1. Account balances you recently paid down oroff. If you’ve just finished paying a bill down oroff, you might not dispute the elevated balancethat remains on your credit report because it’snot actually an error, per se.But the whole point of payingthe balance down was to bringdown your credit utilization ratio,which is a heavily weighted factorin your overall credit score.
2.Incorrect former addresses. Of the 19 percent ofconsumers who spotted an error on their report inthe study, nearly 40 percent of those errors were inwhat the credit bureaus call “header data," thingslike the consumers previous street address. Manyelected not to dispute these sorts of line itemsbecause the error doesnt seem like it would impacttheir credit score. While an inaccurate addressmight not have much to do with your score, it canstill wave a red flag, signaling issues that can foul-upyour mortgage application.
3. Bills that were never yours in the first place. As withcompletely bizarre former addresses, accounts listed onyour credit report that you never opened in the first placecan be a red flag that tips you to the fact that someoneelse might have stolen your identity and opened a creditcard or account in your name. If you find one of theseitems on one credit bureau report, but it’s currentlyclosed or has a zero balance, you might be tempted to letit slide, thinking it can’t move the needle on your creditscore. In reality, though, if someone is using your identityto obtain credit and you fail to dispute that the billsbelong to you, they might continue to use it, which cancause you real problems. Of course, if the bills weren’tpaid on time or have been placed in collection, disputingthe accounts’ presence on your credit report is a must.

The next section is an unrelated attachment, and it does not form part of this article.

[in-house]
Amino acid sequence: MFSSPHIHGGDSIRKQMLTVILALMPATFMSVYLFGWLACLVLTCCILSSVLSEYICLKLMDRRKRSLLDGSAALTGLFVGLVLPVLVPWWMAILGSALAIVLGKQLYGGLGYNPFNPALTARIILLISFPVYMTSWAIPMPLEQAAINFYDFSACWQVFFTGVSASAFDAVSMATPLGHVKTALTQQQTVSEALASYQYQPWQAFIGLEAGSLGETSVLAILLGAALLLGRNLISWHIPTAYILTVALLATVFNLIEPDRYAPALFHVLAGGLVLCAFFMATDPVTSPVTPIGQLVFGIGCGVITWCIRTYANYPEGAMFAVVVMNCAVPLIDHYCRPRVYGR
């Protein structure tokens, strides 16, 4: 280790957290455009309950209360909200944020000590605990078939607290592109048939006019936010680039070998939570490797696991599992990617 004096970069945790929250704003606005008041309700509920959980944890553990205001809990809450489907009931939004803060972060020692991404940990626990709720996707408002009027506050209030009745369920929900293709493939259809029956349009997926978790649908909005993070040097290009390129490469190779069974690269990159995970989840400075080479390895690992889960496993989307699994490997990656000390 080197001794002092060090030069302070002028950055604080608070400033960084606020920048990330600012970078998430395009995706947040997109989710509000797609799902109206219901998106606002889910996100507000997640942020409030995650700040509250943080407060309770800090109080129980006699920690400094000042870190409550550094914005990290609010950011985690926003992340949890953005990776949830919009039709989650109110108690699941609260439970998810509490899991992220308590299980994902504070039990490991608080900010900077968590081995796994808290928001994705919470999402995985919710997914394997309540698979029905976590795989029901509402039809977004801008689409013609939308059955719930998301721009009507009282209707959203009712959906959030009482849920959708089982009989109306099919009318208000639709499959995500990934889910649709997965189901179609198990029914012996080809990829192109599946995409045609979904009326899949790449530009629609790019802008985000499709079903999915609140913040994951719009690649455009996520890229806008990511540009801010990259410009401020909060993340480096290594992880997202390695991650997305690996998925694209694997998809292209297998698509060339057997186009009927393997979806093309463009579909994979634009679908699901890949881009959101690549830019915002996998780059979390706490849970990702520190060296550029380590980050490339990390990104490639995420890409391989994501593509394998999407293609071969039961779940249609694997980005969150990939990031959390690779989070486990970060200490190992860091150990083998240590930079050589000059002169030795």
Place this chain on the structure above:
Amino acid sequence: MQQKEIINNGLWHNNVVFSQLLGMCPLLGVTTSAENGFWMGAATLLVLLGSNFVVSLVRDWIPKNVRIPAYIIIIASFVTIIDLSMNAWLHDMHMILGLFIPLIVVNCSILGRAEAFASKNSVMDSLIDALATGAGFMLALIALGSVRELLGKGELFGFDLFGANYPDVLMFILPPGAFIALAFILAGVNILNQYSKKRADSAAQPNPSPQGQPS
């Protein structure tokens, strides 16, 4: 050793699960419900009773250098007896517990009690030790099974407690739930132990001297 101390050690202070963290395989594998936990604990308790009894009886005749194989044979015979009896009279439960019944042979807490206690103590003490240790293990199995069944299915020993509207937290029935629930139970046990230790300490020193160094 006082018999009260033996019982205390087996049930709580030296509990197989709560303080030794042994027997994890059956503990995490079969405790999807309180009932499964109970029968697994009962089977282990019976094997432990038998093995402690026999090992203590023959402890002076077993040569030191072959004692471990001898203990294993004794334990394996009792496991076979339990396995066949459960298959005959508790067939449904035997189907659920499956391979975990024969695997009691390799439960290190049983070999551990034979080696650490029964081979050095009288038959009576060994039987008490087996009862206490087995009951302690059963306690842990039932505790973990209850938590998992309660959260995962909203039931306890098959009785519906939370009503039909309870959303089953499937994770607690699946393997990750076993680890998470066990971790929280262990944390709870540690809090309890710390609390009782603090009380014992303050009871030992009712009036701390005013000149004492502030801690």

4.Limits listed as lower than they really are. As withclosed accounts that were never yours in the firstplace, accounts that are listed on your credit report ashaving limits that are lower than they really are mightseem like a battle not worth fighting. But the fact is thatonly two inputs go into the credit utilization ratio thatcomprises about 30 percent of your FICO score: howmuch credit you have available, and how much credit youhave used. So, if you have account balances that show upon your credit reports as lower than they actually are(i.e., that you have less credit available to use), thatinaccuracy can skew your credit score and screw up yourmortgage qualifying efforts. Big time.
5.Derogatory items that should have aged off. Veryfew of us are perfect, and you might have workedhard to pay your bills on time in an effort toovercome a credit ding from back in thedays. Although the impact a derogatory item hason your credit score wanes over time, it’s still yourright (and your responsibility) to make surenegative items disappear from your credit reportwhen they are supposed to – that’s 7 years for alate payment, 10 years for a bankruptcy. If you arestill seeing credit dings on your report after morethan the relevant time frame has elapsed, disputethem and claim the rehabbed credit (and score)you’ve since earned.
Randy BettInvestment Realtor/Author/InvestorReal Estate Professionals Inc.Better Group Real Estate202-5403 Crowchild Trail NWCalgary, AB T3B 4Z1Phone:403-774-7464 Ext:1Fax:403-208-0082Toll Free fax:888-711-6801